It’s a play that the Pittsburgh Steelers and Steeler Nation won’t forget for a long time. If this were not the holiday week, it would have been the hot topic at the water cooler all week long. Instead, most of us are controlling our rage as we finish off our plate of ham and candied yams while listening to Uncle Donnie give his sympathetic opinion of the officials during that game. And, maybe that’s why it’s so easy for a topic like this to go away while most of us are in food comas or still trying to unbury ourselves out of a mound of shredded wrapping paper. But as of Thursday afternoon, the NFL has released no apology of the action of the officials for the series of events that took place during the blocked field goal attempt against Green Bay on Sunday.
Unbeknownst to many of us, the NFL quietly snuck under the radar the few days leading up to Christmas. Did they have anything to say to the Steelers regarding the play? Only a virtual flip of the bird. The only thing that has been said thus far about the play is that the VP of officiating, Dean Blandino, said the officials got the call right about the batting of the ball forward, AND that the officials were right that the play could not be reviewed for possession. :slow applause:
That may be all well and good, but if the NFL.com report has any indication, it’s that the NFL is willing to let the rules from the Competition Committee evolve at the natural rate and the ways it is so used to. Look, I’m fine with Blandino coming out and defending that the rules were interpreted correctly. But what I needed to hear, what Steelers Nation needed to hear, and what any football fan needed to hear was that the challenge system has numerous flaws and that the committee needs to be fully committed to perfecting that system or doing away with it entirely. Someone from the NFL also needs to quit defending the officials in such a way as Blandino did in his statement,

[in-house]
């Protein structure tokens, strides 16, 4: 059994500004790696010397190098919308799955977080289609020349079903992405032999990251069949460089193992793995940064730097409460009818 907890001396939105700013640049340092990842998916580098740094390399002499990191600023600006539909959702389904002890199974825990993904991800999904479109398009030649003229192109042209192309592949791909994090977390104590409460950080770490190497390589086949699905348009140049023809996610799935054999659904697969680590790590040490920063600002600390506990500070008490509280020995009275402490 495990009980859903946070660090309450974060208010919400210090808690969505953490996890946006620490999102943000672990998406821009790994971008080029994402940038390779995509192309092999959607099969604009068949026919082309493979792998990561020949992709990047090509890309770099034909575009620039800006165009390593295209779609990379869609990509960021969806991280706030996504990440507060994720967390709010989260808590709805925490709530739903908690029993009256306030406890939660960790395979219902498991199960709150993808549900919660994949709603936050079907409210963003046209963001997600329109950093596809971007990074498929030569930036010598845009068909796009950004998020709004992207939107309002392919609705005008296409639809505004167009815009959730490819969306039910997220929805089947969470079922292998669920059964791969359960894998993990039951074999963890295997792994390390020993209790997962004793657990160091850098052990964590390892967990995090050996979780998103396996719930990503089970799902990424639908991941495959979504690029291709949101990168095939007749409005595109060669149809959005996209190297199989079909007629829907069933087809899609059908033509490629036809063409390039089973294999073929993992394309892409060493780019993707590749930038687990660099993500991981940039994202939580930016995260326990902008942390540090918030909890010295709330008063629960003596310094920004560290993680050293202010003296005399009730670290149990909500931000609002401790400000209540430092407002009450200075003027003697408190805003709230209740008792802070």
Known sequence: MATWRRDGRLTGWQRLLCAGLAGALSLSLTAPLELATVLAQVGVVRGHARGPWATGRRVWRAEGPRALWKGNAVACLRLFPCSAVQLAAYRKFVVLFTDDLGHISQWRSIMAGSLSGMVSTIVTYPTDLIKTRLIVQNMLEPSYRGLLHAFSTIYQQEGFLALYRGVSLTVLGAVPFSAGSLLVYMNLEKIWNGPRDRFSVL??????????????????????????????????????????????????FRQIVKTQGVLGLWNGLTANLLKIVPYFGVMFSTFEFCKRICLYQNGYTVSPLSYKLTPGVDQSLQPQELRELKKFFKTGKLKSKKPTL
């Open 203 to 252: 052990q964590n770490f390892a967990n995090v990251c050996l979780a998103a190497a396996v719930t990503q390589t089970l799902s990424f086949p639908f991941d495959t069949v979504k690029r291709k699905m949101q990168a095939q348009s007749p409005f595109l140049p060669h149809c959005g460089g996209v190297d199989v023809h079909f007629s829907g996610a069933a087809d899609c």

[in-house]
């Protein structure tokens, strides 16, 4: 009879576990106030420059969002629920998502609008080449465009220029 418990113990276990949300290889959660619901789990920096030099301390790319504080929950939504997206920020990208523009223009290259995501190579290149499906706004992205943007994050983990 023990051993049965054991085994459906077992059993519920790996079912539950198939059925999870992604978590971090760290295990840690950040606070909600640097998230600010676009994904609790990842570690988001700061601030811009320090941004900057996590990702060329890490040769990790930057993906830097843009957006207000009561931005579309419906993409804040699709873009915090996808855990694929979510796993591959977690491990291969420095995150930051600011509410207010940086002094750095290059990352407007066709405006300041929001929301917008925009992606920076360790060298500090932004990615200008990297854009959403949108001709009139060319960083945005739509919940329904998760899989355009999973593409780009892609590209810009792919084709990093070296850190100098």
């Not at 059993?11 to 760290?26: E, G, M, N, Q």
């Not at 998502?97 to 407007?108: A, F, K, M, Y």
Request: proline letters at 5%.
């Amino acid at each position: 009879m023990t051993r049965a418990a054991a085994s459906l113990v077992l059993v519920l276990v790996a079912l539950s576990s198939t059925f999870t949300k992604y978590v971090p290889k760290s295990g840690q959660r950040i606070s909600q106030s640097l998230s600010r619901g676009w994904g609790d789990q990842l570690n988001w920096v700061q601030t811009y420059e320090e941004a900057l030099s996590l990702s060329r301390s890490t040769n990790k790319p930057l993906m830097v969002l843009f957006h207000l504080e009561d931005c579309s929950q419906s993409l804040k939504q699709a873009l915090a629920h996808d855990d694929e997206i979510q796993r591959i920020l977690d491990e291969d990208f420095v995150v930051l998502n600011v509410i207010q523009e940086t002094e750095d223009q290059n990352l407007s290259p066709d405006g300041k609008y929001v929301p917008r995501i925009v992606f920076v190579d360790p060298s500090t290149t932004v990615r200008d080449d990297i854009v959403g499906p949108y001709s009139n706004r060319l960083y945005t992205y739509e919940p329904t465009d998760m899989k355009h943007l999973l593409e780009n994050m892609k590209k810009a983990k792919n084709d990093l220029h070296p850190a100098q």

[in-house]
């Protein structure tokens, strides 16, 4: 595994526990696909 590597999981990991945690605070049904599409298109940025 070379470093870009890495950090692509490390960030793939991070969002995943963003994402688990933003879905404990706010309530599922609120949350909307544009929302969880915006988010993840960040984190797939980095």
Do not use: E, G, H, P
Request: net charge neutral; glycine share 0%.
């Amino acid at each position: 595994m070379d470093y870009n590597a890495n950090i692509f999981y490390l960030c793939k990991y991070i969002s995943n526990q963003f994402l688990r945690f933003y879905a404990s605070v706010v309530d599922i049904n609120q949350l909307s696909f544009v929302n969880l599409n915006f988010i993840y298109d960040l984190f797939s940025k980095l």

Had this been reviewable, I think we could have overturned it. Again, (it’s) not reviewable. The officials are looking at that action at full speed, live. It’s very difficult to tell at full speed.
Yes. They are payed to make sound judgement calls on plays that are happening at full speed. Well here’s a penny for your thoughts – How about using full time officials and training them in vigorous ways so that we don’t run into situations like this? I really want to know what happened in that huddle of officials, and I really want to know if the official who threw the blue marker – the one that signifies a change in possession – when Ryan Clark had the football was overruled. Why wasn’t that explained to us either from the field or after. You can clearly see from replays that an official from the sidelines threw the marker. Why didn’t he speak up? Why wasn’t that part of the conversation? Why hasn’t the Steelers even come out and say something? To many, it’s all in the distant past already, but I’m sick and tired of having a system of officiating that allows for bad calls, a porous challenge systems, and no one out there within the league stating it needs to get better.
This is just like when the Steelers faced the Ravens on Thanksgiving, and Le’Veon Bell got his clock cleaned and blacked out for a few minutes. The officials should have penalized the Ravens for the helmet to helmet – there wasn’t. The players involved in the hit should have been fined – they weren’t. Bell should have been awarded the touchdown because of his natural momentum of a limp body in motion, not one that was trying to extend the play with the helmet off – he wasn’t awarded anything but an escort off the field.
The system needs a vast revamp, and it would be ‘nice’ for the NFL to acknowledge that a little more than just “something the (NFL) Competition Committee has looked at in the past, and I’m sure it’s something they will continue to look at.”
Topics: Pittsburgh Steelers